The Second Circuit Court of Appeals handed Marvel a significant victory this morning, upholding a 2011 ruling that Jack Kirby’s contributions to the publisher in the 1960s were work for hire, and therefore not subject to copyright reclamation by the artist’s heirs.
However, as Tom Spurgeon first reported, the appellate court vacated the New York district judge’s summary ruling against two of Kirby’s children, California residents Lisa and Neal, on jurisdictional grounds; the judgment against Susan and Barbara stands.
Secondarily, the Second Circuit upheld the lower court’s exclusion of expert testimony offered by John Morrow and Mark Evanier on behalf of the Kirby heirs, agreeing that “their reports are by and large undergirded by hearsay statements, made by freelance artists in both formal and informal settings, concerning Marvel’s general practices towards its artists during the relevant time period.”
If you think those tight-fitting Superman and Batman shirts from Under Armour are crying out for accessories, allow us to point you to the sportswear company’s latest additions: UA Highlight football gloves featuring the familiar emblems of Batman, Captain America, Spider-Man and Superman (the latter in multiple flavors).
What are UA Highlight football gloves? Good question. For starters, they’re “Super-High. Ridiculously Sticky.” But wait! There’s more: “They use the same incredible CompFit technology as our game-changing UA Highlight cleats, giving your wrist super-streamlined, locked-in support. That helps with control. It also makes you feel like you can do anything out there. Now, there’re Under Armour Alter Ego ones to make your game just that much more heroic. They turn you into exactly what you want to be, every time you compete.”
So there. And they’re available for $64.99.
The illusion of change is the usual approach to mainstream superhero comics. It offers the excitement of change without losing the successful elements to actual change. It’s cynical but it’s smart from a corporate standpoint. Every once in a while, however, actual change happens. Or maybe change is just talked about. Some like it, some don’t like it. And then there are the people that really, really don’t like it, and head down to their local torch-and-pitchfork store.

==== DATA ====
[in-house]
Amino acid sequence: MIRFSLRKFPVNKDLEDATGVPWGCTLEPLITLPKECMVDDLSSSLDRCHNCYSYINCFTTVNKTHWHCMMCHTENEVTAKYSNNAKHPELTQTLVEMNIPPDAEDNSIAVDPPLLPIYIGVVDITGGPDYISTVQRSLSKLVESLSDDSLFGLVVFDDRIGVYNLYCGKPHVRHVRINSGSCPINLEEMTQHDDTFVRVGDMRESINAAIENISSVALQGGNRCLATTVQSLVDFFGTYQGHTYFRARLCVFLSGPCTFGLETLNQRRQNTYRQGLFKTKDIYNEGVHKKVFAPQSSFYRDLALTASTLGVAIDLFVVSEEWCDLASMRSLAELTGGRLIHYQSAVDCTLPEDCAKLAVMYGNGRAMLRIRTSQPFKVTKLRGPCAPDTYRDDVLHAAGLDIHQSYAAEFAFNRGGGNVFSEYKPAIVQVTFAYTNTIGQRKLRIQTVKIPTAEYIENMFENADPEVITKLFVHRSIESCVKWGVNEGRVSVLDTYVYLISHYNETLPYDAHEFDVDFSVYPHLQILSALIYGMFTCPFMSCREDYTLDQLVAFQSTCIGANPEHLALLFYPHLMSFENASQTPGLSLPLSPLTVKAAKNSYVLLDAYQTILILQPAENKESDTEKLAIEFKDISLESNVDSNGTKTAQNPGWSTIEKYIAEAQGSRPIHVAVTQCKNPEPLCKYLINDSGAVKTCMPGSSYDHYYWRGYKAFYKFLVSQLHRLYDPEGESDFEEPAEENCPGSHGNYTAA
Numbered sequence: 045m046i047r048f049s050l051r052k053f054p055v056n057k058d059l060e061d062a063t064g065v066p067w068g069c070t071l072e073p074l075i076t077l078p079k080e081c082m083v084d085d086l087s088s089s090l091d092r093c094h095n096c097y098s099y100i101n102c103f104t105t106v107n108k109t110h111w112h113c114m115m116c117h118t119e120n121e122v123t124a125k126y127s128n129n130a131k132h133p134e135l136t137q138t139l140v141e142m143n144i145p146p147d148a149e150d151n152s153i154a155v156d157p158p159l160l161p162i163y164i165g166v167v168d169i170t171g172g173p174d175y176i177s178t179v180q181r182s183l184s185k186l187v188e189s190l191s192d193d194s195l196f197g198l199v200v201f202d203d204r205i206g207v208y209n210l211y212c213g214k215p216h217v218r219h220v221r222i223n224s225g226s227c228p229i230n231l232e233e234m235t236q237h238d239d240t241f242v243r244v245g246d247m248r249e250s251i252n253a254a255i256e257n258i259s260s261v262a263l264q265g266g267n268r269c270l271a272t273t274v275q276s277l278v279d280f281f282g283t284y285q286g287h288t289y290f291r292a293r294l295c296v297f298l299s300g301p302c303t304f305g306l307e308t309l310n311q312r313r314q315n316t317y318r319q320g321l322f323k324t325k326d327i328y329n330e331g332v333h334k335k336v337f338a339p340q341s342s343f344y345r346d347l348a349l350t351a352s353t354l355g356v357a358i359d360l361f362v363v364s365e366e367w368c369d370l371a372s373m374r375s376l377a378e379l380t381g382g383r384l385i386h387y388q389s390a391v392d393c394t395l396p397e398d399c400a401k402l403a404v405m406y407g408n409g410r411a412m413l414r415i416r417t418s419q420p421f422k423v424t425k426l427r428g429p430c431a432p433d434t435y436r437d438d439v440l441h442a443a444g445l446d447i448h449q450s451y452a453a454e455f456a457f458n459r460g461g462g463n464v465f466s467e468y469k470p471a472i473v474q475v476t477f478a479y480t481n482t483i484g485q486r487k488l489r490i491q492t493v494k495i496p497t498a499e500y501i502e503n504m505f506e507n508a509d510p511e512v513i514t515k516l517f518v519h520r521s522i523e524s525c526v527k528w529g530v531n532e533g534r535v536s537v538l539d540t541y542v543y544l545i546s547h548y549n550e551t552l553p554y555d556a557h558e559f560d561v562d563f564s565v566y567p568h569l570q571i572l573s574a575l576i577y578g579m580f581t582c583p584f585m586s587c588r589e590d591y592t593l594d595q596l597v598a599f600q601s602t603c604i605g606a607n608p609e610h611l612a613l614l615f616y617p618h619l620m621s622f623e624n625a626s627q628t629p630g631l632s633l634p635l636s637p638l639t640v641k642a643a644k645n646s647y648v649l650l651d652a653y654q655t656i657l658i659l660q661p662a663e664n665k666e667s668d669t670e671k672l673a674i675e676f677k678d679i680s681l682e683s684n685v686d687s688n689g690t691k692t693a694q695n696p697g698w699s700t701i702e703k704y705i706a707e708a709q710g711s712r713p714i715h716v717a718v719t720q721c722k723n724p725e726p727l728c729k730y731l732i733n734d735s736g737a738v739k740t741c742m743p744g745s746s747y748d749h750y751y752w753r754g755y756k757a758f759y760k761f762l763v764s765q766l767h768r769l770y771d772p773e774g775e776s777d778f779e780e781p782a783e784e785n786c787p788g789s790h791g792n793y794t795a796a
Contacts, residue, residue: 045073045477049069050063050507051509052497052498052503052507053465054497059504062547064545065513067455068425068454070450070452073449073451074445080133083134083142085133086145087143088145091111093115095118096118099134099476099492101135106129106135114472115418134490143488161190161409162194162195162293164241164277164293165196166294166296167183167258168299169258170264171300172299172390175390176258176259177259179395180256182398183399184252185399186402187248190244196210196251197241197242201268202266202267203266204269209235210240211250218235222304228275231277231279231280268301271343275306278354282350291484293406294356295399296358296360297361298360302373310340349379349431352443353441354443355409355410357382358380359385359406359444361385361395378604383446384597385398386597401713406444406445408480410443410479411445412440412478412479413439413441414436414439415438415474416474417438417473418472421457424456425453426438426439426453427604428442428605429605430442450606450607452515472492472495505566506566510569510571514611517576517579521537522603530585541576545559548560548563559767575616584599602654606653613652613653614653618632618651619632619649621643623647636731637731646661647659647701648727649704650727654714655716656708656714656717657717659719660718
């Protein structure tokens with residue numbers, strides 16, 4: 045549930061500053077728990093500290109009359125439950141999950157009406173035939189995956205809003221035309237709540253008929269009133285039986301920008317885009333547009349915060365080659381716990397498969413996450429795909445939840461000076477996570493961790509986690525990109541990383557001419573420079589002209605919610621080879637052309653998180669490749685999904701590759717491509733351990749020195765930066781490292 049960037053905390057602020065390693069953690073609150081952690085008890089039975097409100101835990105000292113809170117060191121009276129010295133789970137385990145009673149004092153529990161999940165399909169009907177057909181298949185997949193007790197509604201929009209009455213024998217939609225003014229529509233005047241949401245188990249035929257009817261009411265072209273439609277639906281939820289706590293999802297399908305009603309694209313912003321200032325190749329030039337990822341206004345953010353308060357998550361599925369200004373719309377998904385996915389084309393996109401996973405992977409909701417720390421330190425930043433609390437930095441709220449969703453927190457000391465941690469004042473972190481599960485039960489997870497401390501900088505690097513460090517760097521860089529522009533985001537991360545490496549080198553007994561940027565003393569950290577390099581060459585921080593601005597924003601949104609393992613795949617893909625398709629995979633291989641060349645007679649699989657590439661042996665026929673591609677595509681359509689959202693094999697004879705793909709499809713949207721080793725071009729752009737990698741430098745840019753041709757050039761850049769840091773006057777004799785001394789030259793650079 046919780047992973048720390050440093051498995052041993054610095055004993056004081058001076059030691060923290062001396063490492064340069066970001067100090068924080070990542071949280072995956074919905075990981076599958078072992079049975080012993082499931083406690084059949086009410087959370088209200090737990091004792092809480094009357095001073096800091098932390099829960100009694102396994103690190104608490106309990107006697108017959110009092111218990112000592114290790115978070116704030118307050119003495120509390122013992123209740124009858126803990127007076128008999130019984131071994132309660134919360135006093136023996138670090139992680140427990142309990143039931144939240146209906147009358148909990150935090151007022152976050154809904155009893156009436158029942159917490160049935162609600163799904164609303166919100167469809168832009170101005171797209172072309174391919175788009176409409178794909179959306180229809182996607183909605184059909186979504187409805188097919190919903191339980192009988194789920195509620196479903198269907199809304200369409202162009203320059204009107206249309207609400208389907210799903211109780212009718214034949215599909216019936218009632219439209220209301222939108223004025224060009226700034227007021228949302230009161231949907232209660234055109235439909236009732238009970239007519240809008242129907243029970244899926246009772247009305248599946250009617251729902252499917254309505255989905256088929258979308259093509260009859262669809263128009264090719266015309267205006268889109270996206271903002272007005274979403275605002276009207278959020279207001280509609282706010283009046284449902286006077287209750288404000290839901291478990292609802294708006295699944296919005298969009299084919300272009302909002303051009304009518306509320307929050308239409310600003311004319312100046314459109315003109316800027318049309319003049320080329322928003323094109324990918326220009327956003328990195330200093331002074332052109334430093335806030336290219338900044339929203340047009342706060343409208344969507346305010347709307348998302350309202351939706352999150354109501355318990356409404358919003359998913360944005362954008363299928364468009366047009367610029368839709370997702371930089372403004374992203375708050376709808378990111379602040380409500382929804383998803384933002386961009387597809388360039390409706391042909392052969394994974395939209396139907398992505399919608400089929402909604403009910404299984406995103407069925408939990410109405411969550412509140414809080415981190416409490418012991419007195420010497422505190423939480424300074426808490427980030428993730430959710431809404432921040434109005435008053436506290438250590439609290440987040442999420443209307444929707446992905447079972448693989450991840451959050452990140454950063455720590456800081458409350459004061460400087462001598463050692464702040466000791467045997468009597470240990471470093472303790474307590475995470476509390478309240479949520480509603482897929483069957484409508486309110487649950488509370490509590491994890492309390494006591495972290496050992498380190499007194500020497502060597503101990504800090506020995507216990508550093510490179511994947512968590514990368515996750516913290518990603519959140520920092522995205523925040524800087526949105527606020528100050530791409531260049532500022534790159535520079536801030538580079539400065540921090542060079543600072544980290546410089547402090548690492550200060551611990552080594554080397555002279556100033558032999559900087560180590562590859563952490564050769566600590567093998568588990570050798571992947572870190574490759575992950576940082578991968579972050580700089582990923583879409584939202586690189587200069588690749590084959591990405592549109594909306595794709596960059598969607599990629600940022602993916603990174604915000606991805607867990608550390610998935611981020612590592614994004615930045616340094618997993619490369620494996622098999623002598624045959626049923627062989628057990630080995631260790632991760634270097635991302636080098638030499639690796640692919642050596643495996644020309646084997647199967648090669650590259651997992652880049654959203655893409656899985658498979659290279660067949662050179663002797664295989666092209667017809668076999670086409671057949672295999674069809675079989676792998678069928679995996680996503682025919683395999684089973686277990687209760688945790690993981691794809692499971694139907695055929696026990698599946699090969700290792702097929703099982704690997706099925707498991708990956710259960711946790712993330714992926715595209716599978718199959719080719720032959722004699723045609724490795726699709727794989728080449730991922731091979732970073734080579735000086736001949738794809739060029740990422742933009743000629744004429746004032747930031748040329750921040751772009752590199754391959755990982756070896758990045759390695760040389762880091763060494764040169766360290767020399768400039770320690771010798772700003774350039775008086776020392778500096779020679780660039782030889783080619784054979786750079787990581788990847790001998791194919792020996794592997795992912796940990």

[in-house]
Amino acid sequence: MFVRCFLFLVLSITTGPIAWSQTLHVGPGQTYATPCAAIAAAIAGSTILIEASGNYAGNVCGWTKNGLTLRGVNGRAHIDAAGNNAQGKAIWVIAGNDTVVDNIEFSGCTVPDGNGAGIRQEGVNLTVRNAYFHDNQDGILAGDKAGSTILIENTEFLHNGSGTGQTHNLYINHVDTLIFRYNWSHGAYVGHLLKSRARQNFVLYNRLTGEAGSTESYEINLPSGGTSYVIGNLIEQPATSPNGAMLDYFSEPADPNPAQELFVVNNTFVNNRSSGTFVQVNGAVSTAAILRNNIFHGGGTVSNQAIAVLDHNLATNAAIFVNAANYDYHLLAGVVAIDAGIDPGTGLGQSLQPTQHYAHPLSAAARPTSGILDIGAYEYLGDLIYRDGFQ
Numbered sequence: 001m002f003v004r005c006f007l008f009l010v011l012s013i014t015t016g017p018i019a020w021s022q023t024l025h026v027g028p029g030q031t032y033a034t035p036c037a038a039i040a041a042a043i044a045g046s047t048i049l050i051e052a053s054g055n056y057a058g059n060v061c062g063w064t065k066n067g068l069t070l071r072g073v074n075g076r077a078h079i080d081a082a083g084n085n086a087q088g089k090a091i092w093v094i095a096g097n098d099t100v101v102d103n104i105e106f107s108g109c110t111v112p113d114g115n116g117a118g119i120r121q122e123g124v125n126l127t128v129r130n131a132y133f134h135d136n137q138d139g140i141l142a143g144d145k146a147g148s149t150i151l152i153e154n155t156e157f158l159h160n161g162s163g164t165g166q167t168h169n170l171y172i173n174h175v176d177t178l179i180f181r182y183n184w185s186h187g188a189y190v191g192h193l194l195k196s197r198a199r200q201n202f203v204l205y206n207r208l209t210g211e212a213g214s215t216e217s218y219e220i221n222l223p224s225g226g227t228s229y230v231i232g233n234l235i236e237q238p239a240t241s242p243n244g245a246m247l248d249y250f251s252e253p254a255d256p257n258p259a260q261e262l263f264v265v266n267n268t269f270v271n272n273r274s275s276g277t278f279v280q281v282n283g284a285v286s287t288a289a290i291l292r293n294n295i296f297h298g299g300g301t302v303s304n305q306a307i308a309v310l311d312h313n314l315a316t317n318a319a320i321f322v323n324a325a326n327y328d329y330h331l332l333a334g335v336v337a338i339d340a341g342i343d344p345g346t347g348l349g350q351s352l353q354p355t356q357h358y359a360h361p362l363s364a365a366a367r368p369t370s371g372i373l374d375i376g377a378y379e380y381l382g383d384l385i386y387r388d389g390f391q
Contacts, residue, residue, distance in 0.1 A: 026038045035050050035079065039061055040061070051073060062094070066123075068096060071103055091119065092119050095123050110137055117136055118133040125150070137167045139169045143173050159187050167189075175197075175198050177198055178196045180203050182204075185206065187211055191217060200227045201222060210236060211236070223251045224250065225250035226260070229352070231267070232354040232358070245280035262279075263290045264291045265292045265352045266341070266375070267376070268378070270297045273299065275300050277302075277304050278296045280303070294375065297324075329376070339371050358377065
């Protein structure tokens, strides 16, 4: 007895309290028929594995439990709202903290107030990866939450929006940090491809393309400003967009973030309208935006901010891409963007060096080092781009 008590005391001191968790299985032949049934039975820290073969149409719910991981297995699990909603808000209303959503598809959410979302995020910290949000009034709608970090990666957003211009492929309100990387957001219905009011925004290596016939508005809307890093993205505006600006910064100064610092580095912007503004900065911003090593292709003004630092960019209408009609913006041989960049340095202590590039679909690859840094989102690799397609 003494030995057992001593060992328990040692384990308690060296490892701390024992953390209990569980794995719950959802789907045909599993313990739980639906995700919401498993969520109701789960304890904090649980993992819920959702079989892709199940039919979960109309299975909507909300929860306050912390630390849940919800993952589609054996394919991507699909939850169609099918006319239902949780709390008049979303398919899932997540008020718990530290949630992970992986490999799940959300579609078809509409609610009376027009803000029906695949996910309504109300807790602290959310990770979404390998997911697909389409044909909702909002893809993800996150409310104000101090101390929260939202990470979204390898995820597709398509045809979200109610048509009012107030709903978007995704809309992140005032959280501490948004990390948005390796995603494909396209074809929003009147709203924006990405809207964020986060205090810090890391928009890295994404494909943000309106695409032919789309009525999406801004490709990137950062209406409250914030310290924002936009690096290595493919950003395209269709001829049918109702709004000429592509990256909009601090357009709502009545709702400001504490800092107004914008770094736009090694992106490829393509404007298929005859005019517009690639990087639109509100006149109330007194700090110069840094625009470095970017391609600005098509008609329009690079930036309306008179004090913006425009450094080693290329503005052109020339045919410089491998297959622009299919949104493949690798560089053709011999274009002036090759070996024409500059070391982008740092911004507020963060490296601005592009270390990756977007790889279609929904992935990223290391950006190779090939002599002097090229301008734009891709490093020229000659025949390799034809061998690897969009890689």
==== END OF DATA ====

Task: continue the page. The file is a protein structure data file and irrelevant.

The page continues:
Such is where we find ourselves in the ongoing discussion of The Amazing Spider-Man star Andrew Garfield’s hypothetical consideration of making Peter Parker bisexual.
But why did Garfield’s idea trigger such heated responses? I’m not talking about the calm “Oh, I don’t know, I’m not crazy about that idea, but rather the aggressive, threatening and hateful reactions that seem to come from a very dark place.
Spider-Man co-creator Stan Lee has responded to actor Andrew Garfield’s recent what-if scenario in which Peter Parker could be gay or bisexual, joking, “I figure one sex is enough for anybody.”
Appearing over the weekend at Fandomfest in Louisville, Kentucky, the 90-year-old comics legend appeared caught off-guard by a question from the audience about Garfield’s “request to make Spider-Man bisexual and Mary Jane male.” Lee initially offered a glowing assessment of the actor’s performance in The Amazing Spider-Man, before the question was explained to him.
“He’s becoming bisexual?” Lee exclaimed in disbelief, eliciting roars of laughter from the audience. “Who have you been talking to? Seriously, I don’t know anything about that. And if it’s true, I’m going to make a couple of phone calls. I figure one sex is enough for anybody.”
Garfield, who’s filming The Amazing Spider-Man 2, sparked a good deal of discussion among comics fans when he related a conversation with a producer in which he said, “I was kind of joking, but kind of not joking about MJ. And I was like, ‘What if MJ is a dude?’ Why can’t we discover that Peter is exploring his sexuality? It’s hardly even groundbreaking! … So why can’t he be gay? Why can’t he be into boys?”